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DOOM: Heading back to Hell

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DOOM (2016) is the latest first person shooter developed by ID Software in the DOOM series and published by Bethesda. This new release to the franchise brings back the fun of the original which was first released in 1993. One of the few game series to have lasted over two decades, DOOM 2016 does the series justice by bringing an old friend to the latest generation of PC’s and consoles.

DOOM in many ways throws back to and gives nods to the original game with the fast paced run and gun gameplay where you barely have enough ammo to survive from gun fight to gun fight, the music alerting you to upcoming danger and the only way to proceed is by finding keys. So much so that if you are lucky to invest enough time, levels from the original DOOM can be found within levels complete with the old pixelated demons and iconic DOOM theme music. Entering these levels, brought back many memories from my teenage years where first person shooters on PC were all the rage.


It’s been 20 years since I last played DOOM on my Pentium 133, running and gunning my way through pixelated demon filled levels, constantly becoming frustrated trying to find keys to progress and enough ammo to survive. Fast forward to 2016 and the latest DOOM takes you through the exact same things you were doing on the original. The fast paced gameplay, gunning down demons and clearing a room with just enough health and ammo to let you survive till the next, the metal styled music playing until all enemies are killed and double tracking yourself in order to find that key to progress to the next objective.

DOOM 2016 is set on MARS, where the UAC (Union Aerospace Corporation) led by director Samuel Hayden, attempt to harvest energy from Hell in order to aid the energy crisis on Earth. The Argent Tower is used to siphon energy from Hell, but at the same time allows travel to and from. The whole facility has been invaded by demons after one of the scientists, Olivia Pearce opens a portal to Hell. In order to save the facility Samuel Hayden awakens the "Doom Guy" and this is where you enter the fray. Tasked with saving the facility and closing the portal, this is the campaign mode which will take you through 15 or so levels.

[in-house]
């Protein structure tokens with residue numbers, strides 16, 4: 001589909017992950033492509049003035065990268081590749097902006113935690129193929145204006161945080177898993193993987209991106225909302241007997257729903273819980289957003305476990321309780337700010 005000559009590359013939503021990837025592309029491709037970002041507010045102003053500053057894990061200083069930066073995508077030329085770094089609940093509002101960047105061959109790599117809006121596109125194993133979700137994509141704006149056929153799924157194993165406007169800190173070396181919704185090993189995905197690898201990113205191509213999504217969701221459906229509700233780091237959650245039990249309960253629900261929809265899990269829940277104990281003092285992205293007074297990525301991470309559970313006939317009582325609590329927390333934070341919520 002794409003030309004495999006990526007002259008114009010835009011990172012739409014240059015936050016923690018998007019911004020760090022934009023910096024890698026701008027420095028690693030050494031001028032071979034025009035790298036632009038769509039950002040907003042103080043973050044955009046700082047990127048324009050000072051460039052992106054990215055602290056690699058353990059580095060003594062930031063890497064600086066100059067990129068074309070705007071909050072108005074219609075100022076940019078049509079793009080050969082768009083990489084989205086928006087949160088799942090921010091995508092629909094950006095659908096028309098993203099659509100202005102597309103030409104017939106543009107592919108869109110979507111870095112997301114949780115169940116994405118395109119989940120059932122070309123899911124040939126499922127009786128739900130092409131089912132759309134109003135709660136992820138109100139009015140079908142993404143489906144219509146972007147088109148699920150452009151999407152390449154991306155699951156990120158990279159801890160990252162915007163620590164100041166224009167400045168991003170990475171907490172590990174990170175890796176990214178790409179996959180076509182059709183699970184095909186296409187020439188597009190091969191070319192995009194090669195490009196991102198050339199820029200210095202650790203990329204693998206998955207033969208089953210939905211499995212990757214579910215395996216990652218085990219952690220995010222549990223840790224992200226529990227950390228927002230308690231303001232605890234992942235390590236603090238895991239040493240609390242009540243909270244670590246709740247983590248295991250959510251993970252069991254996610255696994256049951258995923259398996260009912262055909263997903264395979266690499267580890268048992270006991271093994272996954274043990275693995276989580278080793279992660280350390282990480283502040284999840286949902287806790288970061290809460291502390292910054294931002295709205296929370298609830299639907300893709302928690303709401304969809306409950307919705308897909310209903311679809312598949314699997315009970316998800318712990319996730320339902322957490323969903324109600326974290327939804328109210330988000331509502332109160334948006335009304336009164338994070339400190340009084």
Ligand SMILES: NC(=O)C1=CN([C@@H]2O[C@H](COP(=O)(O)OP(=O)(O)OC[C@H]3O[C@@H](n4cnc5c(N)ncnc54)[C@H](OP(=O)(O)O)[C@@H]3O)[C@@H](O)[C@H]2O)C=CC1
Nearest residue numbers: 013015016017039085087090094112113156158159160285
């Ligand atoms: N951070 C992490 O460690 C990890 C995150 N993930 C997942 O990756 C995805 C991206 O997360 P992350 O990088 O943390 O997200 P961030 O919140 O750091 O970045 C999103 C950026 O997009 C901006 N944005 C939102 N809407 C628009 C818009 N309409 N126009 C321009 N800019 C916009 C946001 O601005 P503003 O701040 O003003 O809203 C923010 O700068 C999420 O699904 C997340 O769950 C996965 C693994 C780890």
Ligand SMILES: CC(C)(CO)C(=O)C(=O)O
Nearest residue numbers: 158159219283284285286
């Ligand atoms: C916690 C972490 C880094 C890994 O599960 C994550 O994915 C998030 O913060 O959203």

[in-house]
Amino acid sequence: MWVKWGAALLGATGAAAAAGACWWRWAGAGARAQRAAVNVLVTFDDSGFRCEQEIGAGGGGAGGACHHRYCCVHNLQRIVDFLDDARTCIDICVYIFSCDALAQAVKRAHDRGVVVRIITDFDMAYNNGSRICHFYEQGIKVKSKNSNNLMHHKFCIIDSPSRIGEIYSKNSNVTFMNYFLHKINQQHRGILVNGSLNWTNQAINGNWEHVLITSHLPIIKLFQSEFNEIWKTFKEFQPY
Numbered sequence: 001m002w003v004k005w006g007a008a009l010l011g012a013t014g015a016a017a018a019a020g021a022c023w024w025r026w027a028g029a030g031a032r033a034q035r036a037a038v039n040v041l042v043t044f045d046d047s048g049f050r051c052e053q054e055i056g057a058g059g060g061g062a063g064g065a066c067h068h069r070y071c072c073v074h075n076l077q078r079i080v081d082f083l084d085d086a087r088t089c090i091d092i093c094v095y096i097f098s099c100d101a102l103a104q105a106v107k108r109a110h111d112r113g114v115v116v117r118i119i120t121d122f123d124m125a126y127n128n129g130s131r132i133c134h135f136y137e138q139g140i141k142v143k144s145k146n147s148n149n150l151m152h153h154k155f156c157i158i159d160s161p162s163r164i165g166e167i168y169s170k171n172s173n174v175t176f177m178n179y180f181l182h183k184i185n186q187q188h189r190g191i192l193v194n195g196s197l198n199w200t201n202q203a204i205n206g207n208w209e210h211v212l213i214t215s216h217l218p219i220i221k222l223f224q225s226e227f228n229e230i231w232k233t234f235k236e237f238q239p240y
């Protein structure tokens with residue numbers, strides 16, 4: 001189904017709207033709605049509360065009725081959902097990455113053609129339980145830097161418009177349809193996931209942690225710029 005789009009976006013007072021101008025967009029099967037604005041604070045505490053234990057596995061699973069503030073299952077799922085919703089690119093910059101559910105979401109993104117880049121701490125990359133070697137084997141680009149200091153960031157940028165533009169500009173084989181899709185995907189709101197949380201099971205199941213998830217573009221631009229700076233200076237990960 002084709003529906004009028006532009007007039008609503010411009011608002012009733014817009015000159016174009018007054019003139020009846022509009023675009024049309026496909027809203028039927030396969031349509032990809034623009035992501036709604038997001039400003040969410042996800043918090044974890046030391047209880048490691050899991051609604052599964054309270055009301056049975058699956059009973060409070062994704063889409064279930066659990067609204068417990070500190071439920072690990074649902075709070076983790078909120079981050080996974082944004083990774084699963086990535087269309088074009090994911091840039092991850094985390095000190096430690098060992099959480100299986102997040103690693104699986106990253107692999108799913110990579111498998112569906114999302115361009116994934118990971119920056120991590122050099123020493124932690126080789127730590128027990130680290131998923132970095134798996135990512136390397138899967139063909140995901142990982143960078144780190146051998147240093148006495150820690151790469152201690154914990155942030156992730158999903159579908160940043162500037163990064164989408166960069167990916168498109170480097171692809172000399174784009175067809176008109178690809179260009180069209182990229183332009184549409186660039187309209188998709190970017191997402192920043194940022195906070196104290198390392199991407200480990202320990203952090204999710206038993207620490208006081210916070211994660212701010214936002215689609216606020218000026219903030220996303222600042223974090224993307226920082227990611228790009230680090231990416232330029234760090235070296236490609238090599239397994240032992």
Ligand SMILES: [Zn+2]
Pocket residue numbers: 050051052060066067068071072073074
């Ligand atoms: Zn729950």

The story and its characters don’t draw you in, and its only purpose really is to give reasoning for each task you are asked to complete as you fight your way through room to room, level to level. The voice acting lacks any feeling, but this isn’t helped by the fact the characters minds have been transferred to android bodies. Doom Guy doesn’t say a thing and gone is the little face icon from the original game which showed some form of emotion.


In the beginning of the game and the early levels, the maps are multi tiered and in order to level up your armour and upgrade weapons you really have to explore every corner of the map. Weapons need to be found, and if you are not paying attention it can be easy to walk right past and miss one, as I did with the chainsaw, which I only found after back tracking through a level. However as the game progresses it soon narrows down to becoming a linear progression from point A to B. Health does not regenerate over time like most of today’s titles, but can be recovered by health pick-ups scattered throughout the map, while ammo is the same. Whilst at times this can be frustrating as you run from one fight to the next, DOOM makes you think about which gun you should use and also makes you change weapons frequently in order to survive. With ammo being in such short supply, you really don’t want to waste the heavy fire power on lower skilled imps or gunners. One thing DOOM has introduced are “Glory Kills", which, when an enemy has enough depleted health you have the option of tapping R3 and in a brutal violent and quick motion, you either rip off limbs, smash skulls or rip jaws off. There are a few more different ways of killing an enemy, but by using the Glory Kills, the enemy will either drop more health or ammo depending on the colour they flash when maimed.


The inventory of weapons available is as you would expect from DOOM and there are few which return such as the chainsaw and BFG. However this time around the chainsaw requires fuel which can be found the same as other ammo. The chainsaw is a brutal weapon and although it has a short time limit in terms of fuel, if used correctly will kill any enemy in the game (with the exception of bosses) and the BFG can clear out a room fairly fast, but it’s very limited ammo capacity prevents you from constantly using it to beat the game (unlike in the original).


DOOM looks clean and the world of Mars and Hell have been beautifully created. The game is visually stunning, and the audio aids to the atmosphere of the game. Whilst the music isn’t the same as the classic DOOM it stills has you on edge as it revs up to let you know you are about to face a group of demons, and goes away once the room or area is cleared. The audio adds the experience of playing the game and I highly recommend cranking up the headset or surround sound stereo.

DOOM 2016 gives a nod to the original game from the nineties, but games have moved on from the run and gun gameplay of that era. For all the great graphics and sounds, the gameplay does become very repetitive very quickly which for me can only keep my short attention span for an hour or two. For me DOOM isn’t one of those games where you will lose your track on time but rather only play in short sessions before moving on.



I give it a 7/10 

GOOD
  •           Graphics
  •           Audio
  •           Glory Kills

BAD
  •           Repetitive gameplay
  •           Dull Story

DOOM is available now on PS4, XBOne and PC

Andrew (royboy80)

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